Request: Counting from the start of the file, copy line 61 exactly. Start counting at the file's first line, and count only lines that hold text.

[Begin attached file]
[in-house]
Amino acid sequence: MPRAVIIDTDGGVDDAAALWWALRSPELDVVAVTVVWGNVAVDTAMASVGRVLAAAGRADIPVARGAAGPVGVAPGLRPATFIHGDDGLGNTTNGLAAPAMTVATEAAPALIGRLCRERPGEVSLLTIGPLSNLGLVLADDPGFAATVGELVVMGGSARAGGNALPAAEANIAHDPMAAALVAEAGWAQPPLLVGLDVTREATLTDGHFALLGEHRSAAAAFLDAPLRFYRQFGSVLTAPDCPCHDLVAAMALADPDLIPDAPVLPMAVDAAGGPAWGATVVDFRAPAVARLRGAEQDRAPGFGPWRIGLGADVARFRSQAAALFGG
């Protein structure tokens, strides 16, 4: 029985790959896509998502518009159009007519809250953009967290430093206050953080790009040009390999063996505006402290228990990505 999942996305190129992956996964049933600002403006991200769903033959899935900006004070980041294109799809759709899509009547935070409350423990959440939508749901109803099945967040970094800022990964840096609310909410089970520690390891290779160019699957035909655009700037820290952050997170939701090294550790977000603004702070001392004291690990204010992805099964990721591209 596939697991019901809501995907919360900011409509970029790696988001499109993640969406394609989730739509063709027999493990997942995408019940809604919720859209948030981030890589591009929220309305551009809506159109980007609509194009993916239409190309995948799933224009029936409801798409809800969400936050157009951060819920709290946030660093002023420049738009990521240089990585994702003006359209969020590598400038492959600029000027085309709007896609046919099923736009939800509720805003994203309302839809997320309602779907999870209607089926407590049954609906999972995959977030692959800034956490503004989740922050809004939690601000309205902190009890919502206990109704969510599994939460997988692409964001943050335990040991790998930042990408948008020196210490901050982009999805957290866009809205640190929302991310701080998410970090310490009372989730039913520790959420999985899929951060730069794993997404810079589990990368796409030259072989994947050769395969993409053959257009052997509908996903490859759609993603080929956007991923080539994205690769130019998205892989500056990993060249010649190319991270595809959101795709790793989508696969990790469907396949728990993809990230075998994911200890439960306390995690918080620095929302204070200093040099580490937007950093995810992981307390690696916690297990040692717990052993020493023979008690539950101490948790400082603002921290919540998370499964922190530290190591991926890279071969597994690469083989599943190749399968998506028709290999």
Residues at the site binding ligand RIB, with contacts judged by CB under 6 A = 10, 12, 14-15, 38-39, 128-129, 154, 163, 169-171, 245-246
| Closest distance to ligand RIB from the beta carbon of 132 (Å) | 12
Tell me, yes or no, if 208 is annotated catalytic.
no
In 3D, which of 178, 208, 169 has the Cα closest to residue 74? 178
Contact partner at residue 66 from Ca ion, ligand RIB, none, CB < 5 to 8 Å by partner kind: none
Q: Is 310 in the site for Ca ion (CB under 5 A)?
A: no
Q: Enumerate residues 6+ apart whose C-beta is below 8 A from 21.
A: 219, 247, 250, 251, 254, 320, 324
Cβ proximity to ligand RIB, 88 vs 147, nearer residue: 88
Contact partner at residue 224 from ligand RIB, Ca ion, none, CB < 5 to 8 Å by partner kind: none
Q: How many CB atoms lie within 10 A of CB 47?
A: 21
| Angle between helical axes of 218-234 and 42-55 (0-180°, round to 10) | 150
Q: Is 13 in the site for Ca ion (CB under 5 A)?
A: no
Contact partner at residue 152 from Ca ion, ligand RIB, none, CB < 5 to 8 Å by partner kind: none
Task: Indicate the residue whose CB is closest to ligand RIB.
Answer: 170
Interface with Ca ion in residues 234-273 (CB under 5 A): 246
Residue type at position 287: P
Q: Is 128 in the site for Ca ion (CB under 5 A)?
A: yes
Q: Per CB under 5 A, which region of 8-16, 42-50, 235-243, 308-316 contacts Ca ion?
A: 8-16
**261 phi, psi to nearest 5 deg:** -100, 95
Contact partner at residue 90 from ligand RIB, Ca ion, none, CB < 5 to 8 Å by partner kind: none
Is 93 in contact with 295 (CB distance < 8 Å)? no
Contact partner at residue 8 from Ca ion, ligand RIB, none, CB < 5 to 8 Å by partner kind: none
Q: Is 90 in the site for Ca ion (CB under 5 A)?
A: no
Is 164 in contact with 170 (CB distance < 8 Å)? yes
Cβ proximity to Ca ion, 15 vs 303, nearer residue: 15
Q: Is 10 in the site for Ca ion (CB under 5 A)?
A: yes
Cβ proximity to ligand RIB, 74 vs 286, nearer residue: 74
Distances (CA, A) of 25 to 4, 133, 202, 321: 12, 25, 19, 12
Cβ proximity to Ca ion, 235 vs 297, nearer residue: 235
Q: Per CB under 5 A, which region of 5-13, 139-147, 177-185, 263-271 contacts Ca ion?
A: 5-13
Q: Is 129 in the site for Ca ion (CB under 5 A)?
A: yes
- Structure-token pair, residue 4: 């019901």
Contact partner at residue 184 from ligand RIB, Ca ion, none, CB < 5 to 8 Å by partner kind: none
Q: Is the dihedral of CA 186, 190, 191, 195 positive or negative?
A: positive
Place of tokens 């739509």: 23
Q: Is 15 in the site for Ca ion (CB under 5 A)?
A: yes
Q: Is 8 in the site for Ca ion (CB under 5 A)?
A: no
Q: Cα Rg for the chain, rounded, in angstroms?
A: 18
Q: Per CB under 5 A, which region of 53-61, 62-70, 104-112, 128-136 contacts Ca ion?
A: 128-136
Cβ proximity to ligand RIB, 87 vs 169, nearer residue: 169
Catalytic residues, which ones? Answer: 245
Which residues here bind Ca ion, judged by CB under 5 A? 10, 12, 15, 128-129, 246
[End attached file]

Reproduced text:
Catalytic residues, which ones? Answer: 245